Monetary Policy – Actions of a nation’s central bank to achieve macroeconomic goals through managing money supply, interest rates and inflation.

Money Market Account – A savings account paying interest and offering check writing privileges while requiring higher minimum balances.

Mortgage-Backed Security (MBS) – An investment representing an interest in a pool of mortgages bundled together and sold as securities.

Mutual Fund – An investment vehicle comprised of a portfolio of stocks, bonds or other securities managed by an investment company.


NASDAQ – Acronym for the National Association of Securities Dealers Automated Quotations Stock Market, the American stock exchange for many technology-based companies.

Net Asset Value (NAV) – The market value of one share of an investment fund, such as a mutual fund, money market fund, or ETF.

Net Income – The total income of a business after all expenses, depreciation, interest, and taxes have been deducted for a period.

Nominal Rate – An interest rate that does not account for inflation and represents the amount received on an annual basis.

NYSE – Acronym for the New York Stock Exchange, the world’s largest stock exchange by market capitalization located on Wall Street.


Offer Price – The lowest price a seller indicates willingness to receive for a security, also known as ask price.

Operating Cash Flow – Cash generated and used by normal business operations excluding investment in assets or financing activities.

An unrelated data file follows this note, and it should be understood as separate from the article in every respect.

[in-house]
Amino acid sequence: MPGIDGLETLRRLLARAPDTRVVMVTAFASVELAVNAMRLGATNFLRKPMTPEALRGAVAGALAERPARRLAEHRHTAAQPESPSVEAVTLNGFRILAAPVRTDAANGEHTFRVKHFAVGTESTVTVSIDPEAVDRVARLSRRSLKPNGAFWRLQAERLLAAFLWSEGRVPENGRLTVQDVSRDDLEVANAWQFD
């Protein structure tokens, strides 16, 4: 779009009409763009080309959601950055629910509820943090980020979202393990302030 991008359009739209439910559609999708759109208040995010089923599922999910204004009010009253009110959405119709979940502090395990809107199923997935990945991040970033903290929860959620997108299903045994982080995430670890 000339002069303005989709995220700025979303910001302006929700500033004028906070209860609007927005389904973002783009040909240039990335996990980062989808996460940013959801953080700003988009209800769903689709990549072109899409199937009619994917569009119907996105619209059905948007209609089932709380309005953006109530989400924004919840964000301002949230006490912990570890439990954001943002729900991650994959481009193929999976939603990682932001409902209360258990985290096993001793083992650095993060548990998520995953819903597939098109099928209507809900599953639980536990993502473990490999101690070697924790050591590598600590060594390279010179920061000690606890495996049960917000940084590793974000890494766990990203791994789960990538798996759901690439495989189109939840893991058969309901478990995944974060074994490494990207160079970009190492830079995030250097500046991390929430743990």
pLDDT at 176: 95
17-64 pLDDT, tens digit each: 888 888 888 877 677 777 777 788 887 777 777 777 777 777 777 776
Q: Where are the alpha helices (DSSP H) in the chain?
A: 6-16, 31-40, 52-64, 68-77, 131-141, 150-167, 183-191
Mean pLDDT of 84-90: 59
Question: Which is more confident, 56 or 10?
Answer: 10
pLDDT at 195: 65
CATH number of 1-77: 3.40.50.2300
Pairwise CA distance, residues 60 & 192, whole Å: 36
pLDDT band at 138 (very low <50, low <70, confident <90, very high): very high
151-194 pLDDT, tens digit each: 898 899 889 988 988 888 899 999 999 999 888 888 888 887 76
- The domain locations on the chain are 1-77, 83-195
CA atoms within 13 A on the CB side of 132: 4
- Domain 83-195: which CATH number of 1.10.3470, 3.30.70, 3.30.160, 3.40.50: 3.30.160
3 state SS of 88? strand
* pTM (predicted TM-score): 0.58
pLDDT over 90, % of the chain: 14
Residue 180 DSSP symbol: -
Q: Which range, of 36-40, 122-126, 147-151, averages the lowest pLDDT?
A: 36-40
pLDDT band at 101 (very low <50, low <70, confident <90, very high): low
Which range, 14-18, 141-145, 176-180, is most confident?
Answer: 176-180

Operating Expenses – The day-to-day expenses incurred in running a business, such as sales, administration and management expenses.

Operating Income – Revenue less operating and non-operating expenses and excluding taxes, financing costs, impairments, and divestitures.

Operating Margin – A profitability ratio measuring operating income divided by net revenues to show operational efficiency.

Opportunity Cost – The potential benefits an individual misses out on when choosing one alternative over another.

Option – A contract allowing, but not obligating, its owner to buy or sell an underlying asset at a specified price for a specified time period.

Over-The-Counter (OTC) Market – Security trading organized through a network of dealers rather than on a centralized exchange.


Pair Trading – Trading strategy that matches a long position with a short position in two correlated assets to minimize market risk.